Noting the email verification element for the SSTI.

Noting the email verification element for the SSTI.

Using this alongside PayloadsAllTheThings – SSTI I tested to see if SSTI was present.

Verifying SSTI is available for confirmation of profile changes.

Verifying SSTI is available for confirmation of profile changes.

After inputting the payload I confirmed the change via email and the second email confirmed SSTI was present. I then tested SSTI Exploit – OS POPEN Read which came back as successful showing the www/data user. I altered the exploit with a reverse shell embeeded (the syntax was very temperamental):

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⚠ Attack Machine

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Multiple attempts to succeed at the SSTI. Try Harder.

Multiple attempts to succeed at the SSTI. Try Harder.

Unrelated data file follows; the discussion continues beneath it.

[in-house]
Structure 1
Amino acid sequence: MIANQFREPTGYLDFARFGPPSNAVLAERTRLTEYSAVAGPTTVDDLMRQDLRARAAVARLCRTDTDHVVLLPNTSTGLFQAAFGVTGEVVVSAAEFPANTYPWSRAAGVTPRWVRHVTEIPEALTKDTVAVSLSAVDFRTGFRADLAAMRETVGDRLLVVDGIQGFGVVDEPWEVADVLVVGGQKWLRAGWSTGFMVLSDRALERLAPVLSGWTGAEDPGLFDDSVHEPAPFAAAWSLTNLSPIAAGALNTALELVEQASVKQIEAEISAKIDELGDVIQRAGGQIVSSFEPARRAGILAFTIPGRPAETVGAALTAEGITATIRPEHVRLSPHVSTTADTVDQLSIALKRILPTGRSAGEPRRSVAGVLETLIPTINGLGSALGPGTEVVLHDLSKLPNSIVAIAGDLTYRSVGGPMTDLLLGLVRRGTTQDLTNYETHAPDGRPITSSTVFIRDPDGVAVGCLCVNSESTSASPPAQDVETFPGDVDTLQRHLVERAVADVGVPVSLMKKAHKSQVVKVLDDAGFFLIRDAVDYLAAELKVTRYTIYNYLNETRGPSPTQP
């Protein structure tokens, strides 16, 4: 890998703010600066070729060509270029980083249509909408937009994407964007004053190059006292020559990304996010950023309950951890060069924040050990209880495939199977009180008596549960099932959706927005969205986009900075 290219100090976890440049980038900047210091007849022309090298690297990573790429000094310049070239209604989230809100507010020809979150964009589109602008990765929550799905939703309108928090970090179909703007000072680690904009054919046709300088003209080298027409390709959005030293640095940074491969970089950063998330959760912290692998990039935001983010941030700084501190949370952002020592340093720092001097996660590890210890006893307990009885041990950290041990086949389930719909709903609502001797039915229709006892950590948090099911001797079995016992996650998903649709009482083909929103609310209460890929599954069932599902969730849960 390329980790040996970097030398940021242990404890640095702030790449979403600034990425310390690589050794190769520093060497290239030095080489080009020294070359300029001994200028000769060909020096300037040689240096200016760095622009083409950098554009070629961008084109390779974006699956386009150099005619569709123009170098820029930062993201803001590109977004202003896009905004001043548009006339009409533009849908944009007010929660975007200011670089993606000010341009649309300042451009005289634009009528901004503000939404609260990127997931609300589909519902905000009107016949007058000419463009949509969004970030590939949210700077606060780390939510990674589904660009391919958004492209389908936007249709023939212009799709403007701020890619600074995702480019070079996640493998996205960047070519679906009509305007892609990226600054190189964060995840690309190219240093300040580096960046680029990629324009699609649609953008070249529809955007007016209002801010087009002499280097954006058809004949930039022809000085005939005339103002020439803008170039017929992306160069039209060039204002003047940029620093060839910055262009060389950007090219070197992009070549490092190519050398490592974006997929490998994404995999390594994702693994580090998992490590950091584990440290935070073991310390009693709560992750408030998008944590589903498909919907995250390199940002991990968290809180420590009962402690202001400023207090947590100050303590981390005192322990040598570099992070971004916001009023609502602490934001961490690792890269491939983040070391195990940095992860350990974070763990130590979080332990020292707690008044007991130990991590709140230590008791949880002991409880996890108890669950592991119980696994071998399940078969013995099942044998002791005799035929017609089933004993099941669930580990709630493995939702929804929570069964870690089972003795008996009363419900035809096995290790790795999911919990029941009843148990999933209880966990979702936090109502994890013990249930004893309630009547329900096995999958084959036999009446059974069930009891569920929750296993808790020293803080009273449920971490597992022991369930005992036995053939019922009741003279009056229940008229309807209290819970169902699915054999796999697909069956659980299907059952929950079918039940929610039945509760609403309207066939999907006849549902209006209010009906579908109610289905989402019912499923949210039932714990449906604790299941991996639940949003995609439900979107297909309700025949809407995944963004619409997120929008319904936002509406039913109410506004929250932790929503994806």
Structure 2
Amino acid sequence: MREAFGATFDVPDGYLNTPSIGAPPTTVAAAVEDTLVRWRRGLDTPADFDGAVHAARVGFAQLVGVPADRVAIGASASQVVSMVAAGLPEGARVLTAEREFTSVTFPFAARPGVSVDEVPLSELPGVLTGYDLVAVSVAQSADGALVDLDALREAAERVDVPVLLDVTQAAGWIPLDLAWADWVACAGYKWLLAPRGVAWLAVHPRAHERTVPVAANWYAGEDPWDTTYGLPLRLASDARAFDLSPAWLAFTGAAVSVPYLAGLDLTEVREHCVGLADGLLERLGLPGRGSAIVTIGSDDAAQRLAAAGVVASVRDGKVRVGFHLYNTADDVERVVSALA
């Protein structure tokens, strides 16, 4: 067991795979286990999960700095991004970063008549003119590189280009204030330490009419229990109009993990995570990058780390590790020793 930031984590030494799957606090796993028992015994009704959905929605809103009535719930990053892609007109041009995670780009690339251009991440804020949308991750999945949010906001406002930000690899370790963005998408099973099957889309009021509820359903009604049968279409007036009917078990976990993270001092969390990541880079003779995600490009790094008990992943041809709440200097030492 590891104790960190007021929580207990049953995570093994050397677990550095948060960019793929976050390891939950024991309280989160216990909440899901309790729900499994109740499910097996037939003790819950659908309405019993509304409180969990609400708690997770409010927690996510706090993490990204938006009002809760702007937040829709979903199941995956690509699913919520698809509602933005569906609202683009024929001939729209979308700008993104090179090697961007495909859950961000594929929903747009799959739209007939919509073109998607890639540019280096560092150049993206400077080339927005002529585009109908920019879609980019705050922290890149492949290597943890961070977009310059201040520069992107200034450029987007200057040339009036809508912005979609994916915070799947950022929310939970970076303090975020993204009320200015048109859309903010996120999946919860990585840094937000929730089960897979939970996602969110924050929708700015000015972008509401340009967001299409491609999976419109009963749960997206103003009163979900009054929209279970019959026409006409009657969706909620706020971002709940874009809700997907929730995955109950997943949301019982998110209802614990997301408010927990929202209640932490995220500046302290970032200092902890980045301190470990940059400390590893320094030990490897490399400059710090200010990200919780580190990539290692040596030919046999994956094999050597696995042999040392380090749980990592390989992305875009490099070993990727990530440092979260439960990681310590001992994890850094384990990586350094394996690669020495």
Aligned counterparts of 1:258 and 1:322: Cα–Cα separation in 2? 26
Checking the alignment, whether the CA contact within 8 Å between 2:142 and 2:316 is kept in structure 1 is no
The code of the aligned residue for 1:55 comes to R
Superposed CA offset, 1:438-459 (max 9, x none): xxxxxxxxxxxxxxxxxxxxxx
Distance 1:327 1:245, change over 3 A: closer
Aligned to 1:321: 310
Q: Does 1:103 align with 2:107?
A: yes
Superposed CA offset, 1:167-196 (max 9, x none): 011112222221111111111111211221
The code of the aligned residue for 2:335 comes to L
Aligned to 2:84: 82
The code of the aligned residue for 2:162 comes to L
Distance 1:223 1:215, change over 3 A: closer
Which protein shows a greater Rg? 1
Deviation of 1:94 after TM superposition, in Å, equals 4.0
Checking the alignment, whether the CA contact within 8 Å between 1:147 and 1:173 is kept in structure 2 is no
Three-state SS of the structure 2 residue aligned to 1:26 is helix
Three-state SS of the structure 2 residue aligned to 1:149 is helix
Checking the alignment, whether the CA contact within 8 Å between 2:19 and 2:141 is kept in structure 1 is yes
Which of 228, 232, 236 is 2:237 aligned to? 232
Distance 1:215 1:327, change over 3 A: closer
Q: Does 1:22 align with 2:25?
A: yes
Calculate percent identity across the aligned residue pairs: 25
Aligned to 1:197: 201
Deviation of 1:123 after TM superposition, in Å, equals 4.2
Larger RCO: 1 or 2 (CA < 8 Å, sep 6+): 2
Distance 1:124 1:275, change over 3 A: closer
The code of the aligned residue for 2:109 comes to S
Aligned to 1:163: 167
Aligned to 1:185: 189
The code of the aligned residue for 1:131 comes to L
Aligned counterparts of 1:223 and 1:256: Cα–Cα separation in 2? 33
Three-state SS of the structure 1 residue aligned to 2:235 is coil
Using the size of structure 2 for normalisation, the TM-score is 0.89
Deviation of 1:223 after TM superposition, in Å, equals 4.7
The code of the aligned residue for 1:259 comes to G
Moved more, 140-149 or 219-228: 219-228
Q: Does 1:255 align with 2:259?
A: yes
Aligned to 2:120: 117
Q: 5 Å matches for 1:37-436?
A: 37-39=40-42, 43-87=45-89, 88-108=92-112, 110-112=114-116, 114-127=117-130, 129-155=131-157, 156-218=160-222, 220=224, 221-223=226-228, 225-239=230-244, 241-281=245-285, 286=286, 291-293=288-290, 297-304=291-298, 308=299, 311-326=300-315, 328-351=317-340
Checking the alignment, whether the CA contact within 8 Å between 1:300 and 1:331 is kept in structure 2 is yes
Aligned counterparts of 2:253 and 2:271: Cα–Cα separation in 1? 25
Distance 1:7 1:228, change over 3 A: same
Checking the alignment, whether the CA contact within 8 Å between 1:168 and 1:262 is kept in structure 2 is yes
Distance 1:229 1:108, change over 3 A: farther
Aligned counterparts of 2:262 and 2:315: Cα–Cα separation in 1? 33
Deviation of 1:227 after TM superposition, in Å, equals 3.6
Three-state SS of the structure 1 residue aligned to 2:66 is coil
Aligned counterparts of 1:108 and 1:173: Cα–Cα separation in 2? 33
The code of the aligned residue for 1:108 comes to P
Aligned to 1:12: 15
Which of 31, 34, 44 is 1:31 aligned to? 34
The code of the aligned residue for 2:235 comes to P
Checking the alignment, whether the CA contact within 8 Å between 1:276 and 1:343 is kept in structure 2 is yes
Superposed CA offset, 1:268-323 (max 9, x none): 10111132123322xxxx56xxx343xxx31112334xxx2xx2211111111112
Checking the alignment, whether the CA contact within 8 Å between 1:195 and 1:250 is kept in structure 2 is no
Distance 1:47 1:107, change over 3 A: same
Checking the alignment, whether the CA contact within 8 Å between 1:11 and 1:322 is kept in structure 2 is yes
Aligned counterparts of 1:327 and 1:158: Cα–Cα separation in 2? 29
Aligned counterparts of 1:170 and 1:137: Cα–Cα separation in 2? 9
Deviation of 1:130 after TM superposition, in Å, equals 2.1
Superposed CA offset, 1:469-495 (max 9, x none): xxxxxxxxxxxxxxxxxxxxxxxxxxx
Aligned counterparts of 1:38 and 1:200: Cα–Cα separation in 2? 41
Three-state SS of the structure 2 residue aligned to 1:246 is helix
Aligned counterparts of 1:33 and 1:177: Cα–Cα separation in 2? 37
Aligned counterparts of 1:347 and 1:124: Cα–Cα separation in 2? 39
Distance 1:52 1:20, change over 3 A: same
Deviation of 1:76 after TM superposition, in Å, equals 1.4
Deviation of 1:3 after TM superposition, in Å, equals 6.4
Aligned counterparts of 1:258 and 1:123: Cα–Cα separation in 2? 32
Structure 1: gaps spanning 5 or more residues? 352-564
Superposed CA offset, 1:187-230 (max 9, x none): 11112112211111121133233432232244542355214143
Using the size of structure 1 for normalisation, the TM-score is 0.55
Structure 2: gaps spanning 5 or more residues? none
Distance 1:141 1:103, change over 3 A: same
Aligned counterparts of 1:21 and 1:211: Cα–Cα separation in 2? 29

Once on the box, I created a working directory in /tmp/ and pulled LinPEAS to the box for enumeration. I created a second session to poke around well LinPEAS ran.

⚠ Attack Machine

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🎯Victim Machine

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I see a bunch of information regarding passbolt.php and a short search later I can see a database is available and running on the current box:

I use the found credentials to connect to the database locally:

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Expecting to find a password in the users table I pulled users first:

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No passwords but the same users found in the home directories. In the secrets table I found a PGP key:

🔝Escalation